The project name and the street names were chosen for market appeal. Eastmorland suggests more land to the east and a pleasant English countryside. It was an imitation of Westmorland, the name of a successful west side development begun by the McKenna’s in the 1920’s.
Because Elkind and the others had chosen to promote Eastmorland by emphasizing comfort and prestige the street names such as Sussex, Bradford, Buckingham, Wilshire, and Cumberland are all reminiscent of places in England or Virginia.
The Walterscheit plat runs south from present Tulane Avenue across the former Chicago and North Western Railway tracks to Atwood Avenue. It was begun in the late 1920’s on land that had been occupied for many years by the Walterscheit family.
The 1930 City of Madison map shows a portion of Harding Street in the area now occupied by Walter Street south of the railroad tracks. There is a Grand View Street which later became Sargent Street, and Johns Street, Margaret Street, Busse Street, and Bernard Street. These all appear to have been the first or last names of local residents. Olbrich Street was added before 1942 probably for Michael Olbrich who had donated the land for Olbrich Park.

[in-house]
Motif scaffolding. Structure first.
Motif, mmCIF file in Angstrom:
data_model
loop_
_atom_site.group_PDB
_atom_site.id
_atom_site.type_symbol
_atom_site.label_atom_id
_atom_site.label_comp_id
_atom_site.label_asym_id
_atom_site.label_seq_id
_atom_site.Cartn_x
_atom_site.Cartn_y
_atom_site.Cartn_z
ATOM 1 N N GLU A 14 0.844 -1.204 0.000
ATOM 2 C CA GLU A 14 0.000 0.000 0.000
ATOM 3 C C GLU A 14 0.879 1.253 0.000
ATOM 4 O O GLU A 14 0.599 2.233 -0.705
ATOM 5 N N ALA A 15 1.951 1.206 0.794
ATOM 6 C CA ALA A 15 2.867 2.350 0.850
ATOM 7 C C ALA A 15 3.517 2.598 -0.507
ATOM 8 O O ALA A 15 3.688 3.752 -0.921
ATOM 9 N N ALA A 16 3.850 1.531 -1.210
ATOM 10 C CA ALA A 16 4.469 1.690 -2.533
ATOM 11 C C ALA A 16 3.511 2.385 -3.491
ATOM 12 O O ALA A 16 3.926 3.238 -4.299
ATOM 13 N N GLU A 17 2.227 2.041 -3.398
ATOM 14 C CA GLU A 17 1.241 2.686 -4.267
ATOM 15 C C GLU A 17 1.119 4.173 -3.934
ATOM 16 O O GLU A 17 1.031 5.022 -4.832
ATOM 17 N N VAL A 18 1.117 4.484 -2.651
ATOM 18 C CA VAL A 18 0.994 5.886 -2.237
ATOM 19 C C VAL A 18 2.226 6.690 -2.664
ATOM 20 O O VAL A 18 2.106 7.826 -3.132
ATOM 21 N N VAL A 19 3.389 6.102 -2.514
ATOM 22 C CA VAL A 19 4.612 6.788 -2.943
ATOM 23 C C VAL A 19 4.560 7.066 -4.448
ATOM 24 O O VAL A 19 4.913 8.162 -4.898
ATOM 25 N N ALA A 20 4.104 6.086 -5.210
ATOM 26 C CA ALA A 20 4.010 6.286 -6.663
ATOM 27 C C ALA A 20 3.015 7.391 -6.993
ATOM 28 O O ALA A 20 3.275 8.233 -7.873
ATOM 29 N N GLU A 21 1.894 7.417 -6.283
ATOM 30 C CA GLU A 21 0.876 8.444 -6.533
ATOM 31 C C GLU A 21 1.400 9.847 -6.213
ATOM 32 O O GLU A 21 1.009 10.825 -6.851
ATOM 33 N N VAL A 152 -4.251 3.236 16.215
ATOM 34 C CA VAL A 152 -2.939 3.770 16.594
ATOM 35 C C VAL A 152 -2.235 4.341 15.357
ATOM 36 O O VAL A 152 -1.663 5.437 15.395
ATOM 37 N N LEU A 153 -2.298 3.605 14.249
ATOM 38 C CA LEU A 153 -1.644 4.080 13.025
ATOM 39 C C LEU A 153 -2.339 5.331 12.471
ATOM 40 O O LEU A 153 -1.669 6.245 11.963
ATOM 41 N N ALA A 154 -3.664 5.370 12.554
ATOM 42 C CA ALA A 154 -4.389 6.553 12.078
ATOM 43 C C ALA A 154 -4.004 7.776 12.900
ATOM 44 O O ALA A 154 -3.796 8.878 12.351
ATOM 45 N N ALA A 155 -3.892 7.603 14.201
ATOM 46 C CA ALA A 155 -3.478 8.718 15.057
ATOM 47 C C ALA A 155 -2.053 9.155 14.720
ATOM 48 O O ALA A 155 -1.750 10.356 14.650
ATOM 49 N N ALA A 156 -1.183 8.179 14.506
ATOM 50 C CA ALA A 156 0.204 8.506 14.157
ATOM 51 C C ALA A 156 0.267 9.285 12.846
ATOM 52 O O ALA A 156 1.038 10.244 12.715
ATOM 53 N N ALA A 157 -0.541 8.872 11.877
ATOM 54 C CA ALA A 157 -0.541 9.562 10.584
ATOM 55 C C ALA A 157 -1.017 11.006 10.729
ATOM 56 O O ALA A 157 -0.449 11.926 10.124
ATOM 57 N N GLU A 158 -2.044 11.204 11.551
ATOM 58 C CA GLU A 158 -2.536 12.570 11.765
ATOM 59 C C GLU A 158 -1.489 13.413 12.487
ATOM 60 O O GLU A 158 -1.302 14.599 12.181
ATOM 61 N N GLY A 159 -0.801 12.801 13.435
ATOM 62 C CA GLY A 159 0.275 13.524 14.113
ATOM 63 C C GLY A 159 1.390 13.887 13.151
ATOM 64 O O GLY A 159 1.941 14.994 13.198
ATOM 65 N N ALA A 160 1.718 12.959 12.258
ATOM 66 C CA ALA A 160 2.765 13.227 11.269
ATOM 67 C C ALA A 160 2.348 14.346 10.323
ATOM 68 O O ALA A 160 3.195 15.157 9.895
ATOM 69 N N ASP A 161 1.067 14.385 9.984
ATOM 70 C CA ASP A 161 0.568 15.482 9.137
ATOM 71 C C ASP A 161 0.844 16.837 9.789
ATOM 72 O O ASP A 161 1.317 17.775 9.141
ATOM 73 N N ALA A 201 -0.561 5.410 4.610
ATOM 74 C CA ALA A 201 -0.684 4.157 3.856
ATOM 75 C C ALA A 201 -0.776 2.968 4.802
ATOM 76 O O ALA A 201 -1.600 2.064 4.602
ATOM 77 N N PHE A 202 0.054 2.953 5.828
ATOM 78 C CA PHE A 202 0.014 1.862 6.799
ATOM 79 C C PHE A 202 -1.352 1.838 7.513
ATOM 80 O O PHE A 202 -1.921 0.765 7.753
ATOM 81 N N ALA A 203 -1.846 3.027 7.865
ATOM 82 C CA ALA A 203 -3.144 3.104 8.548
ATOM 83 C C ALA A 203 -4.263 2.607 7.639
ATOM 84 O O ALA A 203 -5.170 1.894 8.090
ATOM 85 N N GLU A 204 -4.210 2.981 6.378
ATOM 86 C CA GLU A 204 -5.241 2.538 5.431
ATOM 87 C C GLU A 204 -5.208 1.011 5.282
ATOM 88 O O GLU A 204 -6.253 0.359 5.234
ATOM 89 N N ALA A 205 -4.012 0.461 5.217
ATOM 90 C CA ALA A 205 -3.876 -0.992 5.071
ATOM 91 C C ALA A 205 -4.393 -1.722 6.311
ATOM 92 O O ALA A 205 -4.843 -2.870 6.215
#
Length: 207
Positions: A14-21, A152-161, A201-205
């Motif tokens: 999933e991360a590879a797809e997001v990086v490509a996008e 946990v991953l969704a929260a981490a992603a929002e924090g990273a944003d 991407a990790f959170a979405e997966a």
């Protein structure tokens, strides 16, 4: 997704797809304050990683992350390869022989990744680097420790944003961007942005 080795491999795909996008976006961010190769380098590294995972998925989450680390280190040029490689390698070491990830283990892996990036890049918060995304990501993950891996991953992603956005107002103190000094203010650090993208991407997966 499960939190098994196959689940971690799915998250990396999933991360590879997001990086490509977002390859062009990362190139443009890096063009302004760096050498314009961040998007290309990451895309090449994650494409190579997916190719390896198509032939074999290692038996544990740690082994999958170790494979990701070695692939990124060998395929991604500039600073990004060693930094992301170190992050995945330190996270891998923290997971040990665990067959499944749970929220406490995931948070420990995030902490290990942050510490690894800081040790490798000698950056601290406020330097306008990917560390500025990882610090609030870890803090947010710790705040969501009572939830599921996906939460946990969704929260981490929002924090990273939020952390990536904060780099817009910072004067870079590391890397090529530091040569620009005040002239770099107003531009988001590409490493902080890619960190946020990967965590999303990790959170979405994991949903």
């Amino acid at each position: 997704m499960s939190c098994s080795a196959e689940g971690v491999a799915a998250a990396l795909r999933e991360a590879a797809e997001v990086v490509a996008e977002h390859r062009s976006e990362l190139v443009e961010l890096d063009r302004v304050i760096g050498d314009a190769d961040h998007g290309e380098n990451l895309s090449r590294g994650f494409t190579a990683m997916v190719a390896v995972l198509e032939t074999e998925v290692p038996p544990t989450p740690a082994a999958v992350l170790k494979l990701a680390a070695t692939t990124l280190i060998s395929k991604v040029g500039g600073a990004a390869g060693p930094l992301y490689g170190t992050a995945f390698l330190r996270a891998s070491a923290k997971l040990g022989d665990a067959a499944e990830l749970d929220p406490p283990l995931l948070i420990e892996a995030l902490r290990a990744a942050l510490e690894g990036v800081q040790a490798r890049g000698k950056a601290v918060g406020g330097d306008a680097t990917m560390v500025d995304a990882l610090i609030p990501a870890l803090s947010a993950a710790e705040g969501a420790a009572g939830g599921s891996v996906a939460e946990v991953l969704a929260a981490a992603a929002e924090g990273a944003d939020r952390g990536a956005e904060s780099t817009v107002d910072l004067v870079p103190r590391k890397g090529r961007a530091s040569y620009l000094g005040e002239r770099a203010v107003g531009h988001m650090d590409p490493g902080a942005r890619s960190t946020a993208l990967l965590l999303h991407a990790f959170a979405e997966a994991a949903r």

Margaret Street extended north across the railroad tracks. Huron Street later became Ring Street, Erie Street became Gunderson Street, and Ontario Street is still Ontario Street. Anchor Drive and Coral Court first appear on the 1950 City of Madison map.
Royster Avenue was added about 1948 to honor the F. S. Royster Guano Co. factory at the intersection of Dempsey Road and Cottage Grove Road. Royster’s main office was in Norfolk, Virginia. The Madison plant formally opened on March 24, 1948 and closed in 2006. It blended many mixtures of plant food for farm use.